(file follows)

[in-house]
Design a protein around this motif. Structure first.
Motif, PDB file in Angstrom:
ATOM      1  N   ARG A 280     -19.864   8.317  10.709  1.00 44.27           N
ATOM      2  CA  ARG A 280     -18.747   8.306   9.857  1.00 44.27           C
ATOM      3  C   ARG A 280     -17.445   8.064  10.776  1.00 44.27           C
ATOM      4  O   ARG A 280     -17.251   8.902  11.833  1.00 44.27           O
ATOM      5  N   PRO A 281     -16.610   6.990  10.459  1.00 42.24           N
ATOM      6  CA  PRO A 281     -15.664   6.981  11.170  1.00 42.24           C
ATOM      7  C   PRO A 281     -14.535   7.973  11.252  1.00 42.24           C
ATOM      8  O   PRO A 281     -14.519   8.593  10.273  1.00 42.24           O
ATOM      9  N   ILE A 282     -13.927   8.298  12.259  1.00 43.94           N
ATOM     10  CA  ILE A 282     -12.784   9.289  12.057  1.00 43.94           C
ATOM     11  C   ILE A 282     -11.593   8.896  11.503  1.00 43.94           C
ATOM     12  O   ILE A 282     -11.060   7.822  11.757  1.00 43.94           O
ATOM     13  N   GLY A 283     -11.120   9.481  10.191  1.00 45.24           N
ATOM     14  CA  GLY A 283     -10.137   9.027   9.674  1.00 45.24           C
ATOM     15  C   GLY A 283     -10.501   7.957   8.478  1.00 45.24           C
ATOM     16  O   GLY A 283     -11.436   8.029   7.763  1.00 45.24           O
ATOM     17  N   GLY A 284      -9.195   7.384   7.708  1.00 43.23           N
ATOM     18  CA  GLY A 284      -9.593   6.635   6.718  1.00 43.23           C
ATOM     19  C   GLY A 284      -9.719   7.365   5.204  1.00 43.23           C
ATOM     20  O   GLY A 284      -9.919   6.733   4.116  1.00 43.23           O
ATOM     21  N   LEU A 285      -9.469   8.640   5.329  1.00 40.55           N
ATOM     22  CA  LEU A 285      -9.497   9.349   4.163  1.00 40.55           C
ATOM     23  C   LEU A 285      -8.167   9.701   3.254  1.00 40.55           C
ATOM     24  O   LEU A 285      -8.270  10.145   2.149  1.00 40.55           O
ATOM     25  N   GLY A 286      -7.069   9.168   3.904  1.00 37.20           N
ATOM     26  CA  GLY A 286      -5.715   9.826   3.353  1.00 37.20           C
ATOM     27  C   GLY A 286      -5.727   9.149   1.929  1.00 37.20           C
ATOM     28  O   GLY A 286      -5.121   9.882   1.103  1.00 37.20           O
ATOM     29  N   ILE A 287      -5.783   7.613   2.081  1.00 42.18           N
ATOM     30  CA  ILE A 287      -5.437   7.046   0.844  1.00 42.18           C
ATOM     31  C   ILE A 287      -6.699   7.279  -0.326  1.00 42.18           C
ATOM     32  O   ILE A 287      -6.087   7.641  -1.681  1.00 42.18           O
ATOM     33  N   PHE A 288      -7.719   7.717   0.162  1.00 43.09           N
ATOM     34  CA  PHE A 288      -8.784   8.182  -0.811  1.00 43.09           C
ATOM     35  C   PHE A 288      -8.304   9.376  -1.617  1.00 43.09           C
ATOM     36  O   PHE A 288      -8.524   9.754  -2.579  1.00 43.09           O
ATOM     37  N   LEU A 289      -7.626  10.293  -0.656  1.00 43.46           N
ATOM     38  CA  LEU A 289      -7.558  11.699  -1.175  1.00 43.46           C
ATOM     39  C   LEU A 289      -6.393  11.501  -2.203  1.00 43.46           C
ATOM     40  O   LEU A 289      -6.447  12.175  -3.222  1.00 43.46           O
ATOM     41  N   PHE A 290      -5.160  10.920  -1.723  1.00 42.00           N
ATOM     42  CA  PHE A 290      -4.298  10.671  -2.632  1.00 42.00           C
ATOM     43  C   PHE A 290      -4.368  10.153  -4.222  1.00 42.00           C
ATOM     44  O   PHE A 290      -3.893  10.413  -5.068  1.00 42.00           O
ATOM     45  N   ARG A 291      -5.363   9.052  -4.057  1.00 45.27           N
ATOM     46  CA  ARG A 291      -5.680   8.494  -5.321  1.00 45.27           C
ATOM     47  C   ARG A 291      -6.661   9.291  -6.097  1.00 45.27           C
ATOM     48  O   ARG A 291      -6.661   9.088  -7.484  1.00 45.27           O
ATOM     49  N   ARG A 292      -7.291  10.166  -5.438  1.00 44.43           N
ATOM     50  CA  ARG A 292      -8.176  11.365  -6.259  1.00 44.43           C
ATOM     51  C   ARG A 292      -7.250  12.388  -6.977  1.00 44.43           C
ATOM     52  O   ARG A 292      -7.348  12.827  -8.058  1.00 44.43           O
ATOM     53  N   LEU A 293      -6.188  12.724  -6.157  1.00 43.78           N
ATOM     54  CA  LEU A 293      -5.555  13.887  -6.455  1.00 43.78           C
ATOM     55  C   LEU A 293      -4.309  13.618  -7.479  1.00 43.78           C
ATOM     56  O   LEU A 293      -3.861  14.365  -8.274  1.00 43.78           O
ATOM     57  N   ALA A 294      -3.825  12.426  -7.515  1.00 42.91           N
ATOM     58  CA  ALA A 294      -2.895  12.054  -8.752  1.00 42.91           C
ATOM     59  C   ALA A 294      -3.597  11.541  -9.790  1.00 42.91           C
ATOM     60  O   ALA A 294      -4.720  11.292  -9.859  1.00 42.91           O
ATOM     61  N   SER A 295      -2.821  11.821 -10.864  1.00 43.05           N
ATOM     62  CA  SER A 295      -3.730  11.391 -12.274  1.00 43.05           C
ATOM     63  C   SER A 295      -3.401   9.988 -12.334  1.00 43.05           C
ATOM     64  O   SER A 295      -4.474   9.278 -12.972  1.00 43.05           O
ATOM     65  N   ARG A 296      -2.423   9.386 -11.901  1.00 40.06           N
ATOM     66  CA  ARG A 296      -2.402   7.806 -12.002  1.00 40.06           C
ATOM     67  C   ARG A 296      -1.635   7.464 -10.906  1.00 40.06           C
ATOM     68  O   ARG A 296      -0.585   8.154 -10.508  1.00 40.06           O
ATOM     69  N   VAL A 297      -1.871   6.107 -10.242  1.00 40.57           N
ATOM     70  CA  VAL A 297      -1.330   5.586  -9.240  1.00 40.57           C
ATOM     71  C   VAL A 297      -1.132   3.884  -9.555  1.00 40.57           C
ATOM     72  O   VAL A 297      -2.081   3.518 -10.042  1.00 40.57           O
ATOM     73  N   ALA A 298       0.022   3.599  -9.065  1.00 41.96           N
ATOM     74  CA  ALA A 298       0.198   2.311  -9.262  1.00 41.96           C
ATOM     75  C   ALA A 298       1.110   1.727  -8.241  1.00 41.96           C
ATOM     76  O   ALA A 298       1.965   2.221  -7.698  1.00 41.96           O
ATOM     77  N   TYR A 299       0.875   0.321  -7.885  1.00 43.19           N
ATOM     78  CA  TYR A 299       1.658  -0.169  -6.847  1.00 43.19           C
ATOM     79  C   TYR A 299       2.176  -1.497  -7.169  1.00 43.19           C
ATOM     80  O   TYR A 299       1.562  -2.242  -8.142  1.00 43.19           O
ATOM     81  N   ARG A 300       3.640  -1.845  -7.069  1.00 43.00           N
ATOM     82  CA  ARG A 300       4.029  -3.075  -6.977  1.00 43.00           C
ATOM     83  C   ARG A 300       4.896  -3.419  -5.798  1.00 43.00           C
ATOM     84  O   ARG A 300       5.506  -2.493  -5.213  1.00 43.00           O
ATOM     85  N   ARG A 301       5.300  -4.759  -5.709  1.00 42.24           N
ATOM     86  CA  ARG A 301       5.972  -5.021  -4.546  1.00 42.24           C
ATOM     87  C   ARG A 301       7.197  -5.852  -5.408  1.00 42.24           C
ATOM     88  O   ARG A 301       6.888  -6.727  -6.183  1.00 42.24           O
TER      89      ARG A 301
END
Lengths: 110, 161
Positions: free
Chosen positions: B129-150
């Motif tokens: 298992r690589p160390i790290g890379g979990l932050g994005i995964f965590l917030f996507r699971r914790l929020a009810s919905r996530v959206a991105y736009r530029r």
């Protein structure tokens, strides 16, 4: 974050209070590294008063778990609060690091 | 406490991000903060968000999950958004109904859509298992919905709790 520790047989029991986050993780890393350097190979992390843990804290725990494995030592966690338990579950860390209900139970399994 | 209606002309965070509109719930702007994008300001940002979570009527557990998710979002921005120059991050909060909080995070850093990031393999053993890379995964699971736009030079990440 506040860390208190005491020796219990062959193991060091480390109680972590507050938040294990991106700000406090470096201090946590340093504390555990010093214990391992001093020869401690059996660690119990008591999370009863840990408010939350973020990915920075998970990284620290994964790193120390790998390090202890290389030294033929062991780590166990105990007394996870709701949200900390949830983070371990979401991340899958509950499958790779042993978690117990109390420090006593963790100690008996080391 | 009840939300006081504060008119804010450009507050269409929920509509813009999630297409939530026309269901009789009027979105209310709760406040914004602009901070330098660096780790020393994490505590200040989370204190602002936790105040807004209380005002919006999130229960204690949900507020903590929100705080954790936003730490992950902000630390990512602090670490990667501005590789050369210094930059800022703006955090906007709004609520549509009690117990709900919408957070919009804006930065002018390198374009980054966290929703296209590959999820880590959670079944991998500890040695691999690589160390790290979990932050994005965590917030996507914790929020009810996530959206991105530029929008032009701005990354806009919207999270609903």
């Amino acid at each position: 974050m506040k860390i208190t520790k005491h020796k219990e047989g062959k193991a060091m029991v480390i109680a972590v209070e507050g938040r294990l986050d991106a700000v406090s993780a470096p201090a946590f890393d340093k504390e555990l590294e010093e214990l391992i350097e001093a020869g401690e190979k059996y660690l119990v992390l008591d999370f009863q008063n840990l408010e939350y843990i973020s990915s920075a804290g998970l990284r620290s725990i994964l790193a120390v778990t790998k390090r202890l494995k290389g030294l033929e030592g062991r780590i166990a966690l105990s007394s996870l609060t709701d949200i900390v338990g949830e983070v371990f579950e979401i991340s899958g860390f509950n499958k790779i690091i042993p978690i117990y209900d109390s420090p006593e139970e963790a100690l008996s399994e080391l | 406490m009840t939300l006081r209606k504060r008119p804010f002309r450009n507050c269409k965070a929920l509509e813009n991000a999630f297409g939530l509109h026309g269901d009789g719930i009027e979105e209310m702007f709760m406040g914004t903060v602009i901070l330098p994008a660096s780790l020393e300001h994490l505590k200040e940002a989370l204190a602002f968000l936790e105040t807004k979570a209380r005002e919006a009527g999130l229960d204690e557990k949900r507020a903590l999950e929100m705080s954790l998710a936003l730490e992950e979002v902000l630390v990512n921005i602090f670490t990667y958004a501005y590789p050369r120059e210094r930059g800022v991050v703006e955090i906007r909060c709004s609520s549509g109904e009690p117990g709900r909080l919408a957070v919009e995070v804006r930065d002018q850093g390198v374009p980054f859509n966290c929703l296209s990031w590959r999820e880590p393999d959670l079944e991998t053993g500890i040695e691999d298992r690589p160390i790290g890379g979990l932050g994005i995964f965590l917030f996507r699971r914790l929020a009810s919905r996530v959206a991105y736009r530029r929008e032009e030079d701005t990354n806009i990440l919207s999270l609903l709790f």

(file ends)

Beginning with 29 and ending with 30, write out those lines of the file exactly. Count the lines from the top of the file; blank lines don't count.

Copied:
ATOM     26  CA  GLY A 286      -5.715   9.826   3.353  1.00 37.20           C
ATOM     27  C   GLY A 286      -5.727   9.149   1.929  1.00 37.20           C